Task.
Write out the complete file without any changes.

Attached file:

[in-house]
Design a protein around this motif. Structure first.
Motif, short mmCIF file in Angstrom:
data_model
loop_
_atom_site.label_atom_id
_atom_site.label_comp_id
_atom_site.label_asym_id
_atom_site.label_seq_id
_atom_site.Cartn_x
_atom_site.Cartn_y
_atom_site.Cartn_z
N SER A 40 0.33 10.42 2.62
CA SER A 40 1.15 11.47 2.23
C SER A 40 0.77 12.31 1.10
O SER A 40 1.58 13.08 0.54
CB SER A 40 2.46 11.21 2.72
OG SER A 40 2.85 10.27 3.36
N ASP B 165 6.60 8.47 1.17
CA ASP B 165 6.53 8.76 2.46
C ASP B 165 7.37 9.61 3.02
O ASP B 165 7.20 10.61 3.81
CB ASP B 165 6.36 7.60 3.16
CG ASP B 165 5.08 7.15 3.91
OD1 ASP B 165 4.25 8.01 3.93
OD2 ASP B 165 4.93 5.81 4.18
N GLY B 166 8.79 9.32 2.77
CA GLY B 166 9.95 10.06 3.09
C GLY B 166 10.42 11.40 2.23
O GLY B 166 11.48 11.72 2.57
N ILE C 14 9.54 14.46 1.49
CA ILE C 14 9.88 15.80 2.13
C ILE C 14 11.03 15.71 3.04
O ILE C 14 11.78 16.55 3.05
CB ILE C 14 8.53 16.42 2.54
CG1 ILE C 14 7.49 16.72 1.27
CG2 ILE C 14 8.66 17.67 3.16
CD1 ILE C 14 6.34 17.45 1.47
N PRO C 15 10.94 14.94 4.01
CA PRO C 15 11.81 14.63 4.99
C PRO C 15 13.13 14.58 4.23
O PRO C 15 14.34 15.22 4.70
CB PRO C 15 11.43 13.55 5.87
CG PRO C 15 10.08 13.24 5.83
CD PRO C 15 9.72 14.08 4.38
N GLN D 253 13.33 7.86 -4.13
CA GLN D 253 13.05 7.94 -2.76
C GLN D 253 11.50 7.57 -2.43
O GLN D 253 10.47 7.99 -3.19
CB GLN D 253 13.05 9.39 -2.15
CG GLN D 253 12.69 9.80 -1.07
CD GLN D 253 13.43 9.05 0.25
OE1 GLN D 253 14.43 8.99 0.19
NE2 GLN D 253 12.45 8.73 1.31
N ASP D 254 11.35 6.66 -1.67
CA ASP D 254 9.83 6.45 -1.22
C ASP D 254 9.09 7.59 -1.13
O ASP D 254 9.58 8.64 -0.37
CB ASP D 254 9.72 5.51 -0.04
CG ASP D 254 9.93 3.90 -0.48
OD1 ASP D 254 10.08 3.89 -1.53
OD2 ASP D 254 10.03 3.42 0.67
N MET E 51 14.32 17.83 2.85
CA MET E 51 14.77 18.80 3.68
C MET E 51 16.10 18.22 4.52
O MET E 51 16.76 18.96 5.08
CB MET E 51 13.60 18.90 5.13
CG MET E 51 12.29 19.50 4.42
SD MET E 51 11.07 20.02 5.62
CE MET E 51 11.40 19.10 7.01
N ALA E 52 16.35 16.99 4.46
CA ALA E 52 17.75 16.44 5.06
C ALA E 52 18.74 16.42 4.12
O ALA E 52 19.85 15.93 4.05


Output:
[in-house]
Design a protein around this motif. Structure first.
Motif, short mmCIF file in Angstrom:
data_model
loop_
_atom_site.label_atom_id
_atom_site.label_comp_id
_atom_site.label_asym_id
_atom_site.label_seq_id
_atom_site.Cartn_x
_atom_site.Cartn_y
_atom_site.Cartn_z
N SER A 40 0.33 10.42 2.62
CA SER A 40 1.15 11.47 2.23
C SER A 40 0.77 12.31 1.10
O SER A 40 1.58 13.08 0.54
CB SER A 40 2.46 11.21 2.72
OG SER A 40 2.85 10.27 3.36
N ASP B 165 6.60 8.47 1.17
CA ASP B 165 6.53 8.76 2.46
C ASP B 165 7.37 9.61 3.02
O ASP B 165 7.20 10.61 3.81
CB ASP B 165 6.36 7.60 3.16
CG ASP B 165 5.08 7.15 3.91
OD1 ASP B 165 4.25 8.01 3.93
OD2 ASP B 165 4.93 5.81 4.18
N GLY B 166 8.79 9.32 2.77
CA GLY B 166 9.95 10.06 3.09
C GLY B 166 10.42 11.40 2.23
O GLY B 166 11.48 11.72 2.57
N ILE C 14 9.54 14.46 1.49
CA ILE C 14 9.88 15.80 2.13
C ILE C 14 11.03 15.71 3.04
O ILE C 14 11.78 16.55 3.05
CB ILE C 14 8.53 16.42 2.54
CG1 ILE C 14 7.49 16.72 1.27
CG2 ILE C 14 8.66 17.67 3.16
CD1 ILE C 14 6.34 17.45 1.47
N PRO C 15 10.94 14.94 4.01
CA PRO C 15 11.81 14.63 4.99
C PRO C 15 13.13 14.58 4.23
O PRO C 15 14.34 15.22 4.70
CB PRO C 15 11.43 13.55 5.87
CG PRO C 15 10.08 13.24 5.83
CD PRO C 15 9.72 14.08 4.38
N GLN D 253 13.33 7.86 -4.13
CA GLN D 253 13.05 7.94 -2.76
C GLN D 253 11.50 7.57 -2.43
O GLN D 253 10.47 7.99 -3.19
CB GLN D 253 13.05 9.39 -2.15
CG GLN D 253 12.69 9.80 -1.07
CD GLN D 253 13.43 9.05 0.25
OE1 GLN D 253 14.43 8.99 0.19
NE2 GLN D 253 12.45 8.73 1.31
N ASP D 254 11.35 6.66 -1.67
CA ASP D 254 9.83 6.45 -1.22
C ASP D 254 9.09 7.59 -1.13
O ASP D 254 9.58 8.64 -0.37
CB ASP D 254 9.72 5.51 -0.04
CG ASP D 254 9.93 3.90 -0.48
OD1 ASP D 254 10.08 3.89 -1.53
OD2 ASP D 254 10.03 3.42 0.67
N MET E 51 14.32 17.83 2.85
CA MET E 51 14.77 18.80 3.68
C MET E 51 16.10 18.22 4.52
O MET E 51 16.76 18.96 5.08
CB MET E 51 13.60 18.90 5.13
CG MET E 51 12.29 19.50 4.42
SD MET E 51 11.07 20.02 5.62
CE MET E 51 11.40 19.10 7.01
N ALA E 52 16.35 16.99 4.46
CA ALA E 52 17.75 16.44 5.06
C ALA E 52 18.74 16.42 4.12
O ALA E 52 19.85 15.93 4.05